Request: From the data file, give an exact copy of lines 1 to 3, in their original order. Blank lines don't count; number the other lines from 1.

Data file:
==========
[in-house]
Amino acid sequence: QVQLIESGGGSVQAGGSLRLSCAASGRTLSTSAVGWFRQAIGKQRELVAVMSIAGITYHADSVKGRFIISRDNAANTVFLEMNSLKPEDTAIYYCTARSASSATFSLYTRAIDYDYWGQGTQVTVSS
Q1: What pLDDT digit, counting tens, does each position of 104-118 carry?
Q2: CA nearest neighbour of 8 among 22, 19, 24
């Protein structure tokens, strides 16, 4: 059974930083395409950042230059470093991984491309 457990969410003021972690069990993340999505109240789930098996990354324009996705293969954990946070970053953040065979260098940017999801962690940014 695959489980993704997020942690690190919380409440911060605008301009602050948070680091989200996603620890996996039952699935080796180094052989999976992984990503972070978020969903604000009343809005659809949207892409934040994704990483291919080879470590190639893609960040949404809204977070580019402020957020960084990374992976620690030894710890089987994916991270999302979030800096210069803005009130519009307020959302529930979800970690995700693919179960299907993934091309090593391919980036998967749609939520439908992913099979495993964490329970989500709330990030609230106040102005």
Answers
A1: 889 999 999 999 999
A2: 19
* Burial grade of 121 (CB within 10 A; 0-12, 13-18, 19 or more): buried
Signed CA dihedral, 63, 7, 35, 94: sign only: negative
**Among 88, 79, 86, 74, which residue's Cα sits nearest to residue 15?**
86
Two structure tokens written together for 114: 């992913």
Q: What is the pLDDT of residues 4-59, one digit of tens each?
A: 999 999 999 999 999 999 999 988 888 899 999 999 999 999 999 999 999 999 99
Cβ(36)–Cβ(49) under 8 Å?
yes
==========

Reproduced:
[in-house]
Amino acid sequence: QVQLIESGGGSVQAGGSLRLSCAASGRTLSTSAVGWFRQAIGKQRELVAVMSIAGITYHADSVKGRFIISRDNAANTVFLEMNSLKPEDTAIYYCTARSASSATFSLYTRAIDYDYWGQGTQVTVSS
Q1: What pLDDT digit, counting tens, does each position of 104-118 carry?